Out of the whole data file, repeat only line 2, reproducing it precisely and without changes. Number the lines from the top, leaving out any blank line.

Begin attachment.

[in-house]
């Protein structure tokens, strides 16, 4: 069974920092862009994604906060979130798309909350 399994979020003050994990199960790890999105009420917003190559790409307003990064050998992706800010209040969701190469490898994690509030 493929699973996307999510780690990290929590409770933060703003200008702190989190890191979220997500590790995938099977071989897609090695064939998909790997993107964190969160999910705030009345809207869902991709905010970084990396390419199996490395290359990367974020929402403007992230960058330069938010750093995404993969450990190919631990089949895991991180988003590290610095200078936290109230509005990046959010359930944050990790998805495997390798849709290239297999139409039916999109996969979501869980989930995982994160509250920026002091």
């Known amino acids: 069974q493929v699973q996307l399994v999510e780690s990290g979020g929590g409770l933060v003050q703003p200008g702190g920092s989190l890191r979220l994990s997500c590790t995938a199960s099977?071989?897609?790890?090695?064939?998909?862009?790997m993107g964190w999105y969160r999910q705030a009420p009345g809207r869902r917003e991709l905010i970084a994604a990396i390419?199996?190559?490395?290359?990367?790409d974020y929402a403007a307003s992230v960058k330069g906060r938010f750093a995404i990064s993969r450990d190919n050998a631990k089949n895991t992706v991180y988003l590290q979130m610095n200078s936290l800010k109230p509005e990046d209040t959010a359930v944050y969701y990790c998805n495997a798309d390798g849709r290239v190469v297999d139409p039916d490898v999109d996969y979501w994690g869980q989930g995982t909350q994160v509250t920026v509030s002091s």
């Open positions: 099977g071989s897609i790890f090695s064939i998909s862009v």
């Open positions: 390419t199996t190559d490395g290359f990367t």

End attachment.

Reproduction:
């Protein structure tokens, strides 16, 4: 069974920092862009994604906060979130798309909350 399994979020003050994990199960790890999105009420917003190559790409307003990064050998992706800010209040969701190469490898994690509030 493929699973996307999510780690990290929590409770933060703003200008702190989190890191979220997500590790995938099977071989897609090695064939998909790997993107964190969160999910705030009345809207869902991709905010970084990396390419199996490395290359990367974020929402403007992230960058330069938010750093995404993969450990190919631990089949895991991180988003590290610095200078936290109230509005990046959010359930944050990790998805495997390798849709290239297999139409039916999109996969979501869980989930995982994160509250920026002091």